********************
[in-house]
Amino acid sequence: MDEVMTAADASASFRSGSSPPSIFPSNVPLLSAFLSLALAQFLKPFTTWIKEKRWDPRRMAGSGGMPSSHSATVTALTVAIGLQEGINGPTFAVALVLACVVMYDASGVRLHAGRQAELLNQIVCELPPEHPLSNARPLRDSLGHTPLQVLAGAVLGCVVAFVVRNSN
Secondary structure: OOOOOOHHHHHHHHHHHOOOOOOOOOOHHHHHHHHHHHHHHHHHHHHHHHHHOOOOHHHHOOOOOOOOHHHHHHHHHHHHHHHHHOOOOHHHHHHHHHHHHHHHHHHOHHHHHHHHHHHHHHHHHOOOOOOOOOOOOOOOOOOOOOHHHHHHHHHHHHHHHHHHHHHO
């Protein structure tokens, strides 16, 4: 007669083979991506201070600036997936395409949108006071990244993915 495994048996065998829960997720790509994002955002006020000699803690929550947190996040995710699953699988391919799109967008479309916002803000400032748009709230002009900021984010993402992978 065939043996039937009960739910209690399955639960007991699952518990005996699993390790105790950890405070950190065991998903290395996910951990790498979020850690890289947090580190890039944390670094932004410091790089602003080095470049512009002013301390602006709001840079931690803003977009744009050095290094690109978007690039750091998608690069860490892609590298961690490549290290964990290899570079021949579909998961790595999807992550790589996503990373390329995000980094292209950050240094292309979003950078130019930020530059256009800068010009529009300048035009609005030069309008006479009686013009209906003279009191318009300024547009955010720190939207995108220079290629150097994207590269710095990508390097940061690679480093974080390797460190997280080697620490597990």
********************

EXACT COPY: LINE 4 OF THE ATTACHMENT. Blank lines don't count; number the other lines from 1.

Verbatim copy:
């Protein structure tokens, strides 16, 4: 007669083979991506201070600036997936395409949108006071990244993915 495994048996065998829960997720790509994002955002006020000699803690929550947190996040995710699953699988391919799109967008479309916002803000400032748009709230002009900021984010993402992978 065939043996039937009960739910209690399955639960007991699952518990005996699993390790105790950890405070950190065991998903290395996910951990790498979020850690890289947090580190890039944390670094932004410091790089602003080095470049512009002013301390602006709001840079931690803003977009744009050095290094690109978007690039750091998608690069860490892609590298961690490549290290964990290899570079021949579909998961790595999807992550790589996503990373390329995000980094292209950050240094292309979003950078130019930020530059256009800068010009529009300048035009609005030069309008006479009686013009209906003279009191318009300024547009955010720190939207995108220079290629150097994207590269710095990508390097940061690679480093974080390797460190997280080697620490597990």